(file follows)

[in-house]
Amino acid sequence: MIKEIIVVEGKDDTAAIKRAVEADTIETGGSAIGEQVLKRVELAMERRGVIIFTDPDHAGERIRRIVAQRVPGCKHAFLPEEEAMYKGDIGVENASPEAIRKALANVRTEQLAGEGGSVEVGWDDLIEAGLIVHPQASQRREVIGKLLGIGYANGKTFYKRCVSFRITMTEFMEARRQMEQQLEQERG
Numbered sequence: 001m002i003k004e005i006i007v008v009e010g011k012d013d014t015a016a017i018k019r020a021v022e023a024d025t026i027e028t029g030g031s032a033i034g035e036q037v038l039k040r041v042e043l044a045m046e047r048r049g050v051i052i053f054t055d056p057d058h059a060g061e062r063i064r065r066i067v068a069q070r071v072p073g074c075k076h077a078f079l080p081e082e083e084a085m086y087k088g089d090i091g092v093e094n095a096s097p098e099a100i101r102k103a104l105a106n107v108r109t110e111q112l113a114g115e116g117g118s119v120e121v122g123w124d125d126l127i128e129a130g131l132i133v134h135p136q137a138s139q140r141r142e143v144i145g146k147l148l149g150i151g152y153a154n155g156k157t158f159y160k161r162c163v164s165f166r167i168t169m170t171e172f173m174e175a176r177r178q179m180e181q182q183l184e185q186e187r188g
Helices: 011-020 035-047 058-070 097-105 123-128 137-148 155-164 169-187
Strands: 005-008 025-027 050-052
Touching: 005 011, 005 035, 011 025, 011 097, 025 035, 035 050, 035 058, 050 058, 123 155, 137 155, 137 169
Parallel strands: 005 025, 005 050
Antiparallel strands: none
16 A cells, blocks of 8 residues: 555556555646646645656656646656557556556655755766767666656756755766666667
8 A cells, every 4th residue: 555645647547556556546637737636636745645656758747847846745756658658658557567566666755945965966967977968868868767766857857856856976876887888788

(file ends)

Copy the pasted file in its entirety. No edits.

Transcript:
[in-house]
Amino acid sequence: MIKEIIVVEGKDDTAAIKRAVEADTIETGGSAIGEQVLKRVELAMERRGVIIFTDPDHAGERIRRIVAQRVPGCKHAFLPEEEAMYKGDIGVENASPEAIRKALANVRTEQLAGEGGSVEVGWDDLIEAGLIVHPQASQRREVIGKLLGIGYANGKTFYKRCVSFRITMTEFMEARRQMEQQLEQERG
Numbered sequence: 001m002i003k004e005i006i007v008v009e010g011k012d013d014t015a016a017i018k019r020a021v022e023a024d025t026i027e028t029g030g031s032a033i034g035e036q037v038l039k040r041v042e043l044a045m046e047r048r049g050v051i052i053f054t055d056p057d058h059a060g061e062r063i064r065r066i067v068a069q070r071v072p073g074c075k076h077a078f079l080p081e082e083e084a085m086y087k088g089d090i091g092v093e094n095a096s097p098e099a100i101r102k103a104l105a106n107v108r109t110e111q112l113a114g115e116g117g118s119v120e121v122g123w124d125d126l127i128e129a130g131l132i133v134h135p136q137a138s139q140r141r142e143v144i145g146k147l148l149g150i151g152y153a154n155g156k157t158f159y160k161r162c163v164s165f166r167i168t169m170t171e172f173m174e175a176r177r178q179m180e181q182q183l184e185q186e187r188g
Helices: 011-020 035-047 058-070 097-105 123-128 137-148 155-164 169-187
Strands: 005-008 025-027 050-052
Touching: 005 011, 005 035, 011 025, 011 097, 025 035, 035 050, 035 058, 050 058, 123 155, 137 155, 137 169
Parallel strands: 005 025, 005 050
Antiparallel strands: none
16 A cells, blocks of 8 residues: 555556555646646645656656646656557556556655755766767666656756755766666667
8 A cells, every 4th residue: 555645647547556556546637737636636745645656758747847846745756658658658557567566666755945965966967977968868868767766857857856856976876887888788